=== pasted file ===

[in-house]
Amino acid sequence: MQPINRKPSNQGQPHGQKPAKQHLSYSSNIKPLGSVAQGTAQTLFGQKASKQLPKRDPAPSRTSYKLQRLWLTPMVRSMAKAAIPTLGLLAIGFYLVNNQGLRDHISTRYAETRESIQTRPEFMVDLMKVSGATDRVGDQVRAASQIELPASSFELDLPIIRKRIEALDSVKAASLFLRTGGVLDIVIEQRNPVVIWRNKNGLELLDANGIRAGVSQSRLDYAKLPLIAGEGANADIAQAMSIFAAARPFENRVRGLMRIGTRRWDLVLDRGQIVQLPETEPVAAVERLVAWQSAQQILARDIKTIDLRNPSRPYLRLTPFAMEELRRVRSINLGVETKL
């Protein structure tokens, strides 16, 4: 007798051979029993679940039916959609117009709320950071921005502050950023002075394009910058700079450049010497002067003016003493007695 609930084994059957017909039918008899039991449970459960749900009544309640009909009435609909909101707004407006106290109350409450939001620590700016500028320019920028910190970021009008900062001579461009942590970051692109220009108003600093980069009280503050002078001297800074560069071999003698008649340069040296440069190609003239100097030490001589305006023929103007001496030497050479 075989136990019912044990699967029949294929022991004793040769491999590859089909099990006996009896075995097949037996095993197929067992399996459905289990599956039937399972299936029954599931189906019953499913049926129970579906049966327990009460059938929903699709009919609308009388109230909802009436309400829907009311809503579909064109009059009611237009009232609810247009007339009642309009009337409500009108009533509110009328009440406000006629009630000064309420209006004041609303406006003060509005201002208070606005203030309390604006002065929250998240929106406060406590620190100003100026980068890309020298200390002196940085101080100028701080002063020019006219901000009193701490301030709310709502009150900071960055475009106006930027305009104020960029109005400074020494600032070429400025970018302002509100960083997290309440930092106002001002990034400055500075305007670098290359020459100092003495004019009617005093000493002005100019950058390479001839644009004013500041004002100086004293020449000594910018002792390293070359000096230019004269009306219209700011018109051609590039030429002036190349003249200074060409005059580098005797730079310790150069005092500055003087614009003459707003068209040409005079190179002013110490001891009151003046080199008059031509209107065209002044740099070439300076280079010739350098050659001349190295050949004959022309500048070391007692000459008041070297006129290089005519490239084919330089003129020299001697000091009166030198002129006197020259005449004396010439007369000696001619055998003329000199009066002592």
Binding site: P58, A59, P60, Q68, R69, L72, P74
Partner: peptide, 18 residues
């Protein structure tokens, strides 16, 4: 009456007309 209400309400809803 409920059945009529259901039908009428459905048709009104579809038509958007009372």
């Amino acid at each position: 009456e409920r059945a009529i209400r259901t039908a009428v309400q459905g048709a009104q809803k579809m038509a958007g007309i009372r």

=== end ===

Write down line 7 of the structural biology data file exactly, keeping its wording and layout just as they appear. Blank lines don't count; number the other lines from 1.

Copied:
């Amino acid at each position: 009456e409920r059945a009529i209400r259901t039908a009428v309400q459905g048709a009104q809803k579809m038509a958007g007309i009372r």